Monday, February 24, 2014
Last night, I happened upon the British series "Supersize Vs Superskinny" while looking about on youtube. If you haven't seen this before, the series pits a super-obese client against a super-thin client and for 48-hours they have to eat each others typical menu. Interspersed with this are various reports, depending on the season, about fad diets or about novel fitness programs, etc. The point of this was that the superthin and superfat would learn something about eating, each registering their extreme behaviours when faced with the reaction of the other.
The point is so simplistic it is astounding. What on earth could two dysfunctional eaters learn about diet and wellness from each other? In one episode I saw, the superobese client sat with a mug of sweetened tea while her superthin counterpart ate her usual lunch of a box of chocolates. I found it hard to tear my eyes away from the messed up logic karma.
I was most struck, however, by the way in which these people were each treated. The superthin just needed to eat more... the superobese needed to step up and take control of themselves; rein in the eating. Have more willpower! Just stop eating vs. just eat!
Both of these people were suffering malnutrition, although it was never said. There was no mention of the fact that both of them were starving from a nutritional point of view, no mention of the physical effects that metabolic dysfunction exerts on an obese person, including a drive to eat more and move less.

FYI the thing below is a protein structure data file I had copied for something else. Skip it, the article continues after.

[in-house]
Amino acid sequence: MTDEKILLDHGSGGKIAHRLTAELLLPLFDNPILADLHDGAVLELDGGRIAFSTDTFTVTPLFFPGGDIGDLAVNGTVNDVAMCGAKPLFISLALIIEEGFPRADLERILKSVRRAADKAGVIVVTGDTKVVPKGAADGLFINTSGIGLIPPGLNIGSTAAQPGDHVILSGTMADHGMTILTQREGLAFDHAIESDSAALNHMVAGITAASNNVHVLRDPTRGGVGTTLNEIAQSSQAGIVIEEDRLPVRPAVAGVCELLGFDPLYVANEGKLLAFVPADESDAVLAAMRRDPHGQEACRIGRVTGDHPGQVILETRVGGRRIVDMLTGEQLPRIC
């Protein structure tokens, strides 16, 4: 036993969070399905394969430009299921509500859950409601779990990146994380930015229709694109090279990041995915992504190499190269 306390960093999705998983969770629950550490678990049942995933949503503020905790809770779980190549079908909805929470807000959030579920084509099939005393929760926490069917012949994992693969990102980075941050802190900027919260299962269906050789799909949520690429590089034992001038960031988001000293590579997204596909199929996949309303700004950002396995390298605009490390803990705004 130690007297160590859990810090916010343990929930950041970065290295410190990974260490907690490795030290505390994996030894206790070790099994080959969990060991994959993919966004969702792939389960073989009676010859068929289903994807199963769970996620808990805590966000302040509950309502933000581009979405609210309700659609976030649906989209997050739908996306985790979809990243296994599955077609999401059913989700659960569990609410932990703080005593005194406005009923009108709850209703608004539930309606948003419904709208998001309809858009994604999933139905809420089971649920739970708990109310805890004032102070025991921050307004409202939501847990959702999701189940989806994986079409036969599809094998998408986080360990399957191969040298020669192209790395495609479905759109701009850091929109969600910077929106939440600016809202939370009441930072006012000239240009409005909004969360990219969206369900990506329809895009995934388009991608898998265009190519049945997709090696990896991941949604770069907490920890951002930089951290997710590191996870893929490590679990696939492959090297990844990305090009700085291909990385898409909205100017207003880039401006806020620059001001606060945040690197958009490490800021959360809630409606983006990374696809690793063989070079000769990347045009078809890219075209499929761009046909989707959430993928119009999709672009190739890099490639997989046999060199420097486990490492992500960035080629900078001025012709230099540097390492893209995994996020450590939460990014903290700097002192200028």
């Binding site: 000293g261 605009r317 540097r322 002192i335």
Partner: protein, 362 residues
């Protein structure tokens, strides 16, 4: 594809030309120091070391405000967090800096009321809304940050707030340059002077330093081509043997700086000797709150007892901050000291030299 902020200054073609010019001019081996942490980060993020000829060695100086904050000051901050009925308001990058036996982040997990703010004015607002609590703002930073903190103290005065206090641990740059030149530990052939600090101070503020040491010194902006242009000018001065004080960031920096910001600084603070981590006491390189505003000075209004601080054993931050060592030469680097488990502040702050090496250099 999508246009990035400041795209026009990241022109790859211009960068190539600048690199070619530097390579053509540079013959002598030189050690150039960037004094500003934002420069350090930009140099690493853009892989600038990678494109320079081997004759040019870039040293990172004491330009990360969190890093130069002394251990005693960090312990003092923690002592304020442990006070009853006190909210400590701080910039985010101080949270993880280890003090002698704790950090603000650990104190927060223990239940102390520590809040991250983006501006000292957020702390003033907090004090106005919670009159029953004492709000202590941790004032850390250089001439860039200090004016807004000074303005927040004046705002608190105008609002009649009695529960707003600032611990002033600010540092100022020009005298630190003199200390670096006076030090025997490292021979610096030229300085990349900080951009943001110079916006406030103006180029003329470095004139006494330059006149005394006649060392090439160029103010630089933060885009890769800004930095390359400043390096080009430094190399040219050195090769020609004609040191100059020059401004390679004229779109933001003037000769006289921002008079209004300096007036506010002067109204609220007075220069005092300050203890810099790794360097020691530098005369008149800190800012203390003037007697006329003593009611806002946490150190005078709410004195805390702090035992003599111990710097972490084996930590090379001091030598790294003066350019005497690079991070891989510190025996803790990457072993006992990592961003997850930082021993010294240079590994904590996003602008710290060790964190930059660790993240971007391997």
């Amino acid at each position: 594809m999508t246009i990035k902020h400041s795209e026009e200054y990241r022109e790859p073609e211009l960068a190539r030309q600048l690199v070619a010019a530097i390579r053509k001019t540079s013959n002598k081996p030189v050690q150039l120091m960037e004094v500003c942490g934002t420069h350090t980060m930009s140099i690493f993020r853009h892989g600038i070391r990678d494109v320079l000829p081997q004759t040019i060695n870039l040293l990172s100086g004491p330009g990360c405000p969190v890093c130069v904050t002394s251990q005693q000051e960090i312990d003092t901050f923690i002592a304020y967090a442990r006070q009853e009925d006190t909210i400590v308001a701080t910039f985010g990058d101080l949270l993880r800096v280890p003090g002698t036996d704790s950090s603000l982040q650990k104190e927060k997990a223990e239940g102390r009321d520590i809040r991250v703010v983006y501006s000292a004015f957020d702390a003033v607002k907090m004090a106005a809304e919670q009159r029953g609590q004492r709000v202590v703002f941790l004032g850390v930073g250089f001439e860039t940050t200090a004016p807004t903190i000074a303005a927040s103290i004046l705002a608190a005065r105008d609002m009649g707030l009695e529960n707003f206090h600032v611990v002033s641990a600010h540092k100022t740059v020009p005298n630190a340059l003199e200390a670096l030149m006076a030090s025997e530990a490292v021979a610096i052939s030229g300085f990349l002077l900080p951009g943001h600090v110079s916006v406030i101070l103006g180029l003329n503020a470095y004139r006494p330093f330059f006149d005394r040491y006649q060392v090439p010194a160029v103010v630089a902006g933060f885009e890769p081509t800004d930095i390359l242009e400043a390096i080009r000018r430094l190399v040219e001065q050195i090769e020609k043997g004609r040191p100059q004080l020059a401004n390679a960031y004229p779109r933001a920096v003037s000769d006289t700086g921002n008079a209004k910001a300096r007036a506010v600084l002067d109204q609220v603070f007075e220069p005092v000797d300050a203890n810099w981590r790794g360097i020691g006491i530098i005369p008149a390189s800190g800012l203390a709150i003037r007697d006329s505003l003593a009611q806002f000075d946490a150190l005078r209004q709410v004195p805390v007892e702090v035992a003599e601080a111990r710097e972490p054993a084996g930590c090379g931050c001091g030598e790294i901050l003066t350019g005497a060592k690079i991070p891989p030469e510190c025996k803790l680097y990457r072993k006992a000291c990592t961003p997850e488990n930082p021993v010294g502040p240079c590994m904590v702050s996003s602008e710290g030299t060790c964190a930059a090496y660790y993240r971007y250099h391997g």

Food and diet is so complicated. How much comes down to psychology and how much to physiology? If you can't tell someone suffering from depression to snap out of it, why is it ok to tell an over-eater to snap out of it? If an alcoholic isn't an alcoholic BECAUSE they drink too much, why is an over-eater obese because they eat too much? Where is the cause and where is the effect?
Well, I think making certain changes is within everyone's capacity but there are definitely many aspects of weight loss and weight gain that are far more complicated than we give them credit for.